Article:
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The trees that shade, cool and feed people from Ventura County to the Mexican border are dying so fast that within a few years it’s possible the region will look, feel, sound and smell much less pleasant than it does now.
“We’re witnessing a transition to a post-oasis landscape in Southern California,” says Greg McPherson, a supervisory research forester with the U.S. Forest Service who has been studying what he and others call an unprecedented die-off of the trees greening Southern California’s parks, campuses and yards.
Botanists in recent years have documented insect and disease infestations as they’ve hop-scotched about the region, devastating Griffith Park’s sycamores and destroying over 100,000 willows in San Diego County’s Tijuana River Valley Regional Park, for example. McPherson’s is the first survey to quantify and assess the big picture.
It’s not a pretty one.
His initial estimate is that just one particularly dangerous menace — the polyphagous shot hole borer beetle — could kill as many as 27 million trees in Los Angeles, Orange, Riverside and San Bernardino counties, including parts of the desert.
That’s roughly 38% of the 71 million trees in the 4,244 square mile urban region with a population of about 20 million people.
And that insect is just one of the imminent threats.
“Many of the trees we grow evolved in temperate climates and can’t tolerate the stress of drought, water restrictions, higher salinity levels in recycled water, wind and new pests that arrive almost daily via global trade and tourism, local transportation systems, nurseries and the movement of infected firewood,” he said.
If as many trees as projected die, the cost to remove and replace them could be about $36 billion, he said.
But Southern Californians would face many other costs.
“Catastrophic loss of our canopy,” McPherson said, “would have consequences for human health and well-being, property values, air-conditioning savings, carbon storage, the removal of pollutants from the air we breathe, and wildlife habitat.”
Jerrold Turney, plant pathologist for Los Angeles County, likened the surge in urban tree mortality to “watching a train wreck in slow motion.”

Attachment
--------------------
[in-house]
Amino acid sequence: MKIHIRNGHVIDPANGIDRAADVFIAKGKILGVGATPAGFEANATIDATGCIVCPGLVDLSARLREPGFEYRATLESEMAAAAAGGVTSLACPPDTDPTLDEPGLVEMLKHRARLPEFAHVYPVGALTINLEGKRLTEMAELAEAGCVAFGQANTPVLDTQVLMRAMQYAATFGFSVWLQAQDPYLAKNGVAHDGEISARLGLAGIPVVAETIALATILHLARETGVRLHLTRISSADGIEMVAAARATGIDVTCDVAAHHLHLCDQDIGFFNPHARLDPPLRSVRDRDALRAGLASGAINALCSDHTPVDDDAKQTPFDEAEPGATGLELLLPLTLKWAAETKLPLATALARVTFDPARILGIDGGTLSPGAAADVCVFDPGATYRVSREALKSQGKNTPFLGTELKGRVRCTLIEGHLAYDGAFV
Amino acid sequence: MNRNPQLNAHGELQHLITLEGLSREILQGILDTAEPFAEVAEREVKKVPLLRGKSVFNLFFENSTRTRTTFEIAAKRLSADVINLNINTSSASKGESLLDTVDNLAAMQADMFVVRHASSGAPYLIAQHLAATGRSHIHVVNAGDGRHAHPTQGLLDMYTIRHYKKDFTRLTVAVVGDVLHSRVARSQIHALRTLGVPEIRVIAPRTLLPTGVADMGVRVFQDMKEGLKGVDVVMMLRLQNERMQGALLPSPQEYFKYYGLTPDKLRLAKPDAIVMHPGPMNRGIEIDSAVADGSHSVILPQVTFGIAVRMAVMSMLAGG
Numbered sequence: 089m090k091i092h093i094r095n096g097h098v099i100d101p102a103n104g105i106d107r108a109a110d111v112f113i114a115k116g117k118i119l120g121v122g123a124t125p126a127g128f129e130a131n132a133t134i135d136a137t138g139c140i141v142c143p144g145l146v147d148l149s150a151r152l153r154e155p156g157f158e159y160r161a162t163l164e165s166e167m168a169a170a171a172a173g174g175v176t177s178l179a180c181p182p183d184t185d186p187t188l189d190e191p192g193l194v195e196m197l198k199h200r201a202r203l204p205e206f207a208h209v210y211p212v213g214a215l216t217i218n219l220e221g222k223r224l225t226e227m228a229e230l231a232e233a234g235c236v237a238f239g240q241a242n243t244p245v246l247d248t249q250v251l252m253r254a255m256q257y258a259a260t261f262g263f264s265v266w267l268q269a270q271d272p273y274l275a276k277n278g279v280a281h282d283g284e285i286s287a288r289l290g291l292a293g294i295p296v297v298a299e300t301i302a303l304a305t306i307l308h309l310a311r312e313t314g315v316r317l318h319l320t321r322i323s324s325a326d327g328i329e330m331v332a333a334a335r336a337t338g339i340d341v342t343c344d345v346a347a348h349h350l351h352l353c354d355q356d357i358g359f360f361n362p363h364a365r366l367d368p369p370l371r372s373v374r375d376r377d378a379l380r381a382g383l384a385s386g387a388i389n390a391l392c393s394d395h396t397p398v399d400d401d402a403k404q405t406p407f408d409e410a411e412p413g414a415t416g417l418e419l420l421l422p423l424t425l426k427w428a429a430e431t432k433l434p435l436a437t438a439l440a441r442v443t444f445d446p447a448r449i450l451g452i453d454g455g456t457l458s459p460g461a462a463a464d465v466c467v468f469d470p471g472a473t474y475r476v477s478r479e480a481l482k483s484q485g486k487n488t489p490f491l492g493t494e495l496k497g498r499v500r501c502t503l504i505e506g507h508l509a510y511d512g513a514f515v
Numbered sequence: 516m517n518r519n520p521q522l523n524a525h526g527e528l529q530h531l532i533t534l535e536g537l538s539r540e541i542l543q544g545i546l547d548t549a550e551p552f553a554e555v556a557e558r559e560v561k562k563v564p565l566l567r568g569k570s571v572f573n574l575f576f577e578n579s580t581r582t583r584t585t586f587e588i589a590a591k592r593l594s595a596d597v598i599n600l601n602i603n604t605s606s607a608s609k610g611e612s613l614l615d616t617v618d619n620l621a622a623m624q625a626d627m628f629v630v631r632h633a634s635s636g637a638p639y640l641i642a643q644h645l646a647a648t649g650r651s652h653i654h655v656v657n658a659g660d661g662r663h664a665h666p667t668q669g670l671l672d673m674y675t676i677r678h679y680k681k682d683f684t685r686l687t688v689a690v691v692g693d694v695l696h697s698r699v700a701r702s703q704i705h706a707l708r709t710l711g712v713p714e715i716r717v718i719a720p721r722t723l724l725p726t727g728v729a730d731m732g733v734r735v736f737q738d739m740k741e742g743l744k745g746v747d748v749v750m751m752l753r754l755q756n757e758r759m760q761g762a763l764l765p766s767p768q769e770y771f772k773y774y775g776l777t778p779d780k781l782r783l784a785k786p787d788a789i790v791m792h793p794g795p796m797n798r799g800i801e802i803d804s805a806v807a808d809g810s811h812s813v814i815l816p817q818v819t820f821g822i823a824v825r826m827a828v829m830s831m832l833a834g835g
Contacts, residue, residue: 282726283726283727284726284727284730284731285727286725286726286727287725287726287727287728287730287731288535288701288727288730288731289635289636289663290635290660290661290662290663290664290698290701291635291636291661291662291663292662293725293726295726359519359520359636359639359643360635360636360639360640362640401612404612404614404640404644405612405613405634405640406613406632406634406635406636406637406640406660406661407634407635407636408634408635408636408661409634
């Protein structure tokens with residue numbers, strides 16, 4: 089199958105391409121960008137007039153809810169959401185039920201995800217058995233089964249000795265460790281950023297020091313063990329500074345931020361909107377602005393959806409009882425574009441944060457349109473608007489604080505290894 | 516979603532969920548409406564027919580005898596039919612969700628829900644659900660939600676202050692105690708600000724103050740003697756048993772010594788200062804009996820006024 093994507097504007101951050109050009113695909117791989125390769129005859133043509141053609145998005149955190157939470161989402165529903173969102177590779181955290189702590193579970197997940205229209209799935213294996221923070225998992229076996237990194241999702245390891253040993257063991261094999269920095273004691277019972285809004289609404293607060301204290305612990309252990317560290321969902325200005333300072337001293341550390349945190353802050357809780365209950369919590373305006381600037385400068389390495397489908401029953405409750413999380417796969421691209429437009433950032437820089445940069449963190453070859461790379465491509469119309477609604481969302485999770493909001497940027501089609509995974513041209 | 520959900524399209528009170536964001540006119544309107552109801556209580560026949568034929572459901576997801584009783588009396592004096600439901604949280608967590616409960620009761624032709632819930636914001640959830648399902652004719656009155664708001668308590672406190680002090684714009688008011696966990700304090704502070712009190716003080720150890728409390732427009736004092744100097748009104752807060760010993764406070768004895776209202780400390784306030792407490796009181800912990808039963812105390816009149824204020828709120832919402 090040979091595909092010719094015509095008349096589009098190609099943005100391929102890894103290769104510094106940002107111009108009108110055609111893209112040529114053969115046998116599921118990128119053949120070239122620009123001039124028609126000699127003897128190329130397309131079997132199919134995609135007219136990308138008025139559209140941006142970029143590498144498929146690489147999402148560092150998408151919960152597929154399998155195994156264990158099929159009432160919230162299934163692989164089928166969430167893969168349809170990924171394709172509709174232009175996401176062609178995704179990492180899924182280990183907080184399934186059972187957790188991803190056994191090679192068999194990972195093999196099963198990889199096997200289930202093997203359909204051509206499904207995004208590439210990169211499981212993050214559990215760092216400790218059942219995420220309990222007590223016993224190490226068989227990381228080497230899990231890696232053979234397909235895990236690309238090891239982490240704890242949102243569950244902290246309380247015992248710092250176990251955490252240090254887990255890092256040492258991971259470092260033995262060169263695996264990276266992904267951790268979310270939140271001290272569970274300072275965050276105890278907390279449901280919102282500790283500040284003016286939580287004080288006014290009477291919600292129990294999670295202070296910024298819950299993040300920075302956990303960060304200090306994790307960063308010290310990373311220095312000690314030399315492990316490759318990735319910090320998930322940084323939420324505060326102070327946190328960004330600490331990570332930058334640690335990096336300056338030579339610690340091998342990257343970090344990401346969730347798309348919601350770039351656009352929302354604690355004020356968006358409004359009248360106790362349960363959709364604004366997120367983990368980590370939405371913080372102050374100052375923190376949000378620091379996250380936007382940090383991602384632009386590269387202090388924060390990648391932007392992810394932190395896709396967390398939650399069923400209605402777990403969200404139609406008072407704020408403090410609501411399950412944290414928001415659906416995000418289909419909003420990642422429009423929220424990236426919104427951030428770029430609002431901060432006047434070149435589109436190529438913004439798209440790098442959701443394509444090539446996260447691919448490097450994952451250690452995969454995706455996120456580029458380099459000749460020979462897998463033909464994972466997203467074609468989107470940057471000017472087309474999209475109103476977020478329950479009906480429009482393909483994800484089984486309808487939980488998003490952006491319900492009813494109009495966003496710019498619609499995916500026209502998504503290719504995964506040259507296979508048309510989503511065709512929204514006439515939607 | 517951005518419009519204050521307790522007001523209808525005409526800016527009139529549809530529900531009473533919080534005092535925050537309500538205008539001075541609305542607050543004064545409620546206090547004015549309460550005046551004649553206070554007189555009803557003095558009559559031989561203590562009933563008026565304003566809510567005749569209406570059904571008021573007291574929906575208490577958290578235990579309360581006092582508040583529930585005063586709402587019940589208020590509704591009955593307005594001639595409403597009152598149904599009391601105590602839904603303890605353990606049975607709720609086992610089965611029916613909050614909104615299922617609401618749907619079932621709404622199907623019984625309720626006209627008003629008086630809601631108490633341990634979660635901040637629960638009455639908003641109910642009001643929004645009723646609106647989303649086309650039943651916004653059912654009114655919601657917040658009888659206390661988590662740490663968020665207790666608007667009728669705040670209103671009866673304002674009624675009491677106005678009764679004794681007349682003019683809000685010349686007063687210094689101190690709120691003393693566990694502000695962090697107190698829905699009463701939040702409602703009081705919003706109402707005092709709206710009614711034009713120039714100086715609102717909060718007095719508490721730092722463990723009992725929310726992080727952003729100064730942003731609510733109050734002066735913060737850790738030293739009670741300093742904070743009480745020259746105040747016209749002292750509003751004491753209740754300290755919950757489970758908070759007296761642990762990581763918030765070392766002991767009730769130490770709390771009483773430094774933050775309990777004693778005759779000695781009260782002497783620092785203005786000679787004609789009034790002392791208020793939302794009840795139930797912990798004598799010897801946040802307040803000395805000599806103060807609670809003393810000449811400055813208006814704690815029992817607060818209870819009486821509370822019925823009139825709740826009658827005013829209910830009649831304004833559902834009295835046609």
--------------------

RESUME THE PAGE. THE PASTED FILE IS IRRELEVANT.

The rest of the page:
“It’s heartbreaking,” he said, “to see trees dying in such dramatic numbers in famously lush cities like Pasadena, Alhambra and Arcadia: sycamores, all the maples, olives, liquidambers, flower plums, myrtles, oleanders and oaks.”
Mark Hoddle, director of UC Riverside’s Center for Invasive Species, said that the tree loss is “starting to cascade across the urban landscape.”
“Without shade trees, water temperatures will rise and algae will bloom in riparian areas, for instance,” Hoddle said. “As a result, fish, frog and native insect populations will diminish, along with the pleasure of hiking, because there’ll be nothing to look at but dead boughs of trees.”
“And,” he added, “there will be no miraculous recovery of these urban ecosystems after the beetles are done with them.”
Among the hardest-hit native species of urban trees are California sycamores, typically found along streams and commonly used as shade and street trees in places such as Griffith Park and along downtown’s Wilshire Boulevard.
“Here’s the sad news about sycamores,” said Akif Eskalen, a plant pathologist at the University of California, Riverside. “If we cannot control the shot hole borer, it will kill all the sycamores in California. And when they’re done with sycamores, they’ll move to other trees.”
By 2012, pathologists knew that the shot hole borer was transmitting a fatal fungal disease to 19 species of trees in Southern California, he said. Since then, scientists have identified 30 additional host species.